Eating Honey on a FODMAP Diet
Honey is a little tricky because it is a natural product and how it is made and the specific breakdown of its sugars and other elements depends on the bees, where they are and what flowers and nectar they have access to.
In general, if your honey is labelled as pure honey then you should be okay to have a little as part of a healthy low FODMAP diet. Monash University tested different types of honey and this is the basic advice for many types of honey.
Things get more difficult when talking about other types of honey. Clover honey for example tests at being higher in FODMAPs than other types of honey so you should eat less of this.
The reason honey can become a problem if you have too much of it is that it is largely made of fructose and glucose. Fructose is a FODMAP and if it is high in foods then you should generally avoid that food when following a low FODMAP diet.
However, it is a little more complicated than this. If there is both glucose and fructose present (and there often is) then as long as there is more glucose than there is fructose You can get away with eating a little of the food.
If there were higher amounts of fructose rather than glucose the food would be considered high FODMAP. Honey has more glucose than fructose so you can eat a little of it.
Recommended Honey Portion
According to Monash University, with most honey, you can have about a teaspoon of honey as one portion. This is about 7grams.
With some more natural kinds of honey that contain higher amounts of fructose, you may need to lower this portion size to half a teaspoon or 4 grams.
FODMAP Tip: Honey is Low FODMAP Up To 1 Teaspoon
How to Use Honey
Honey is an incredibly versatile sweetener and it can be added almost at any time you feel you need a little extra sweetness in your food or drink.
Drizzle Honey Over Greek Yoghurt
Greek yoghurt is high protein and makes a great breakfast. If you go for the natural flavour then it can be a little tangy to eat on its own. You can add some low FODMAP fruits if you like but you can also drizzle a little honey into it.
This makes for a deliciously creamy breakfast that should keep you full until lunch.
Sweeten Your Herbal Tea With Honey
If you are trying to avoid caffeine and sugar but struggle to drink herbal teas without sugar then try adding a teaspoon of honey instead. It adds flavour, sweetness and it is slightly better for you.
Just stir in a teaspoon of honey once you have brewed the tea and drink as normal.
Bake With Honey
You can use honey as a sweetener in your baking. This helps you to cut down on the other types of sugar you are using. The results are likely to be different and have a delicious honey tang too. Take a look online for plenty of honey cake and cookie recipes you can try.
Low FODMAP Honey Recipes
If you’re looking for delicious recipes containing honey that are low FODMAP then give these a go:
Other Sweet Products
Simple honey isn’t the only product that can be used to sweeten foods. There are a number of other natural (and unnatural) sweeteners available. But are they all low FODMAP?
Is Manuka Honey low FODMAP?
Manuka honey is thought to help relieve all sorts of symptoms and help with health concerns but when it comes to IBS and digestive issues you should proceed with care.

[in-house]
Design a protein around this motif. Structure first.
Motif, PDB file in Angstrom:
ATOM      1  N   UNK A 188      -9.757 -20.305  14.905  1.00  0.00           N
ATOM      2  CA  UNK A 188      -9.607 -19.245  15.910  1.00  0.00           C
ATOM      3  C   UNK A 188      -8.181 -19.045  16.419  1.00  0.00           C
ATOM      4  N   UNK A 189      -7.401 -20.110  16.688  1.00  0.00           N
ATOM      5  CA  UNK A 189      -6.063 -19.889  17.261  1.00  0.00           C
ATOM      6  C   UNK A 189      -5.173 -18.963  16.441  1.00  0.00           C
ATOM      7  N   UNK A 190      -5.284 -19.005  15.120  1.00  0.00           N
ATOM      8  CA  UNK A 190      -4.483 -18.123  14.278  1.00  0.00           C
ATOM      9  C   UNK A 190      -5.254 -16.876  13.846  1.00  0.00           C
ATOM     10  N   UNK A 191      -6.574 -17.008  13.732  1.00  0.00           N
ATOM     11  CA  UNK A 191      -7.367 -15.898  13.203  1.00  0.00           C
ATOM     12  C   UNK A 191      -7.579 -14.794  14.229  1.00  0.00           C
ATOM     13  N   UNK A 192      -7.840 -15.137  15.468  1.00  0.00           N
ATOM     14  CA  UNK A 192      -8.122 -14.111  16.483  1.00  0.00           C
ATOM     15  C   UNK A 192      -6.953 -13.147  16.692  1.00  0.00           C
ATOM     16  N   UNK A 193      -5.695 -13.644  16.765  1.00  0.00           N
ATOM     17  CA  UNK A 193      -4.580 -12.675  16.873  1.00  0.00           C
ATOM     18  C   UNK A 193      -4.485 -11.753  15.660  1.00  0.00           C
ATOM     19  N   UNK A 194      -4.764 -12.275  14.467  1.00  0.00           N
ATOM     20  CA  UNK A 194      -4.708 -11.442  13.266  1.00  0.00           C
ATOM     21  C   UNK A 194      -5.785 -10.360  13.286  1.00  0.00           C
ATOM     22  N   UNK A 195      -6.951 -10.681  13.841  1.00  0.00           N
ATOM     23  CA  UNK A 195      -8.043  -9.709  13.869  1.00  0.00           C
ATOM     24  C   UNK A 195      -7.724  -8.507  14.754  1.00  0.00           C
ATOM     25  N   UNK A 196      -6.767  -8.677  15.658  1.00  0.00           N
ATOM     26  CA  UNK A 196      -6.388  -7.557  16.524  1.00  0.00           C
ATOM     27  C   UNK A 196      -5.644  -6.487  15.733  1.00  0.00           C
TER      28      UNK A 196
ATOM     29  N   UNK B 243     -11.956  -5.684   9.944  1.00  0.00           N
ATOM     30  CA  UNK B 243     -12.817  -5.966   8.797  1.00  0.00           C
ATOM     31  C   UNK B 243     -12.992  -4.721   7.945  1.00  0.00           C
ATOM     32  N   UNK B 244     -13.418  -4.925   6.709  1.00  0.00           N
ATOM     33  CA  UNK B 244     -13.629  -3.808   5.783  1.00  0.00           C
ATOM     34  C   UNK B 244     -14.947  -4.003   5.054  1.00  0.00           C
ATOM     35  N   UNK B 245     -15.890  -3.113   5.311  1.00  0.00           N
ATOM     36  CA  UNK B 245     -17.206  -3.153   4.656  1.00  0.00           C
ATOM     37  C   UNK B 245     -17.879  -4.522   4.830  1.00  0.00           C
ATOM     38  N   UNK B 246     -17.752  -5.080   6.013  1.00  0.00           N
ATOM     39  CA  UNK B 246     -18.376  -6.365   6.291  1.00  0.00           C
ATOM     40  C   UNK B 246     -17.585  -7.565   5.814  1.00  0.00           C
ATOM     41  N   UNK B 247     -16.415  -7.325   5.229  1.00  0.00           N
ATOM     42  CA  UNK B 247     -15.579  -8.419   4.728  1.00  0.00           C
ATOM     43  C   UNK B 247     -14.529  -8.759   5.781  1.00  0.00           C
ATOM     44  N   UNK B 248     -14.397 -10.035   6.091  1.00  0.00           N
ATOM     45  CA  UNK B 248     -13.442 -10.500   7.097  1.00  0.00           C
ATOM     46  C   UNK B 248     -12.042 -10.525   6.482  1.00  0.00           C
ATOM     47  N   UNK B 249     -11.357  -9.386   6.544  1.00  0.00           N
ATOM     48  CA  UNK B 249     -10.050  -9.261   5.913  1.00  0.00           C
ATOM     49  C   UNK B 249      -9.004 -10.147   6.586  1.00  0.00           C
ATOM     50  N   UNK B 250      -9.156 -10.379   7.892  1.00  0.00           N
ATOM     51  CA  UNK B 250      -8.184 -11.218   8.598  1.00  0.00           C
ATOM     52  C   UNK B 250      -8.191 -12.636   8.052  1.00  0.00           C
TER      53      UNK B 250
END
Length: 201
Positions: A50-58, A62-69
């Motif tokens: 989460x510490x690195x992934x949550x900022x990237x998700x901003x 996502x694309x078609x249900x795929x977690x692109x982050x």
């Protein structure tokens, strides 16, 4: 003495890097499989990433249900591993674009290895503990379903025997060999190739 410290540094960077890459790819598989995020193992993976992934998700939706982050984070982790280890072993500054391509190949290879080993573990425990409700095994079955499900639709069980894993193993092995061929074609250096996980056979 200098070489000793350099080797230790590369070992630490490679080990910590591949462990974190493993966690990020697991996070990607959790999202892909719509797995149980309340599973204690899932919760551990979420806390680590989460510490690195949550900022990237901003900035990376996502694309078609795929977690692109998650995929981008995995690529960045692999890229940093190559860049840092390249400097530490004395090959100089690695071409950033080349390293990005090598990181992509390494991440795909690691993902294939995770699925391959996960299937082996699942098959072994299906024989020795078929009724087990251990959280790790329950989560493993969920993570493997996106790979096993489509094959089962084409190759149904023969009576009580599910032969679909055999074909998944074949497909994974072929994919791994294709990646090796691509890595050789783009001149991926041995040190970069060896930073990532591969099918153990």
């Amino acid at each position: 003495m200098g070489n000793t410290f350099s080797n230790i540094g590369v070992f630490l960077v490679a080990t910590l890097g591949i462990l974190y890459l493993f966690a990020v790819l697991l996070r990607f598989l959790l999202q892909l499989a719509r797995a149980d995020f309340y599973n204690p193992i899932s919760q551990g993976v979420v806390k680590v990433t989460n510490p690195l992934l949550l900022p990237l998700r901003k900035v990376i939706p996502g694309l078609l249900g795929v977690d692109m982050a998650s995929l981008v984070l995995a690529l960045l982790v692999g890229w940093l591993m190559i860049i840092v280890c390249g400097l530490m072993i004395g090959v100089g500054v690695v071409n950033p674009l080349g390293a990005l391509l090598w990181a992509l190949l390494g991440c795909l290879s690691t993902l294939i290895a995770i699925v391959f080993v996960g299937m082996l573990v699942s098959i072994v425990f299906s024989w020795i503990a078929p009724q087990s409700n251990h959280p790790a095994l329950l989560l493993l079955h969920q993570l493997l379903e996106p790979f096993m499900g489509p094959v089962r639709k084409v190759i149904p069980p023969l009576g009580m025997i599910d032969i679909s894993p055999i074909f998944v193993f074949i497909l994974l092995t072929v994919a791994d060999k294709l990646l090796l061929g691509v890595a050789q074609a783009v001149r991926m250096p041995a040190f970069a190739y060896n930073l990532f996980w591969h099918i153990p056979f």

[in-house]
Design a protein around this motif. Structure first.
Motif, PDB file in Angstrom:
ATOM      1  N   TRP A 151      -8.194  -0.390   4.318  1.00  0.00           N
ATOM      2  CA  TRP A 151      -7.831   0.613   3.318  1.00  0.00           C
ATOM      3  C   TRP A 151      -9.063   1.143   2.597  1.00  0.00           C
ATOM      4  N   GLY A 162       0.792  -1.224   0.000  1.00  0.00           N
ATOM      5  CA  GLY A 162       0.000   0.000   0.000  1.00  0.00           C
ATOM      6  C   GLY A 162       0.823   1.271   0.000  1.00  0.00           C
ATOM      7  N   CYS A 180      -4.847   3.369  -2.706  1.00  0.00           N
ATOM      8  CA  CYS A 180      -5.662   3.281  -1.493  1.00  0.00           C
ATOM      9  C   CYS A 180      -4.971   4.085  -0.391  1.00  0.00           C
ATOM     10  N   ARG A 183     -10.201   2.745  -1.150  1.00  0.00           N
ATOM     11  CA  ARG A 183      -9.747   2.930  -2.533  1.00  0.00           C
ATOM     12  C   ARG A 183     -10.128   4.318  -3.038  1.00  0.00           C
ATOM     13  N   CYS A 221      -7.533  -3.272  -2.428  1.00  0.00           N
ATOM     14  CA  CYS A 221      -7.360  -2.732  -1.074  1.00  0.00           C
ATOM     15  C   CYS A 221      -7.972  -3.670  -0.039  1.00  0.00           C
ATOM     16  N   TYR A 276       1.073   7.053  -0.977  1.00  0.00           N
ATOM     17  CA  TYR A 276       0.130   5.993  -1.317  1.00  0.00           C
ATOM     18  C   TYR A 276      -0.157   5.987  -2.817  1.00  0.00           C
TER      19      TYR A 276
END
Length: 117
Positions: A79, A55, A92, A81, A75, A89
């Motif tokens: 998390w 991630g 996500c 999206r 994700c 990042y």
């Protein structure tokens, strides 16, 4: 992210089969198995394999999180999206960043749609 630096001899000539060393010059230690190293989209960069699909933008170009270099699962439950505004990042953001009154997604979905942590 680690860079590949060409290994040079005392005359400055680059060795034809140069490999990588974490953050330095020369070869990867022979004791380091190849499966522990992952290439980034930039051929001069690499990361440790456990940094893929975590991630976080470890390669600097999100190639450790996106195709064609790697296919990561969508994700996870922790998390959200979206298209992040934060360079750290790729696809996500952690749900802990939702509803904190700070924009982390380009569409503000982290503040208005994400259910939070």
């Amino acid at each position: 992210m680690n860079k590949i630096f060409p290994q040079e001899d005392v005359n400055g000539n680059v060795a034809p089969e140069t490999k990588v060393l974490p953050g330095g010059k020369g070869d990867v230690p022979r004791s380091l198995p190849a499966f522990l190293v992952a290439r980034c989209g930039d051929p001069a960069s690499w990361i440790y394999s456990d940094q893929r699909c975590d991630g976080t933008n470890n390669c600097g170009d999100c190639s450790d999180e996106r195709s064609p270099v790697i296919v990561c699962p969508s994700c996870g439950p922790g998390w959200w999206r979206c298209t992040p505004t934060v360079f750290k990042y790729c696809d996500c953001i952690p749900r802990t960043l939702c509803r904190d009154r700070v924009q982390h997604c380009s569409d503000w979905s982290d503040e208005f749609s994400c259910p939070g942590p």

It is high in fructose and sugars which can cause flare-ups and if you are in the middle of an episode you should definitely avoid it.
Manuka honey hasn’t been tested specifically so we would recommend you avoid it rather than taking the risk.
Is Syrup Low FODMAP?
Whether syrup is low FODMAP or not will depend largely on the type of syrup it is. Corn syrup is considered low FODMAP although be careful because this is not the same as high fructose corn syrup which is high in FODMAPs and should be avoided.
Glucose syrup is a low FODMAP type of syrups and you can eat this in small portions. Golden syrup is a pale treacle type of syrup and unfortunately, it is a high FODMAP food and should be avoided.
Is Maple Syrup Low FODMAP?
Pure maple syrup is considered low FODMAP and is another natural sweetener. It consists of 30% water and 60% sucrose with a little glucose and other sugars. This means that you can eat around two tablespoons of pure maple syrup as part of a low FODMAP diet.
One thing to be careful of is that not all things marketed as maple syrup are pure maple syrup. Many are flavoured syrups or maple syrup with other types of syrups added to make the maple syrup go further and make it more affordable.
You should avoid these as they are unlikely to be low FODMAP and may cause you to flare up.
Is Treacle low FODMAP?
There are two main types of treacle. One is molasses, also known as black treacle and this is made from crystallised sugar cane or sugar beet juice. It is considered to be high in fructose which makes it unsuitable for a low FODMAP diet.
Golden syrup is also a treacle although it is much paler in colour and thinner in its consistency. It is made using similar methods as black treacle and should also be avoided on a low FODMAP diet.
Common Honey FAQs
There are a handful of honey related questions that get asked frequently. We’ve gone through those below:
Is Manuka Honey Good for IBS?
Although manuka honey has been proven to help with many ailments, it is unknown whether it can be helpful to dull the symptoms of IBS. We would advise avoiding manuka honey where possible.
Most types of honey can be used on a low FODMAP diet as long as you remain within the recommended portion size. This is only one teaspoon or 7 grams which may not seem like a lot.
However, there are plenty of times you need to add a tiny bit of sweetness and adding a little bit of honey is the perfect answer. Be careful not to mix honey up with other types of sweetener and syrups because many of these are considered to be high in FODMAPs
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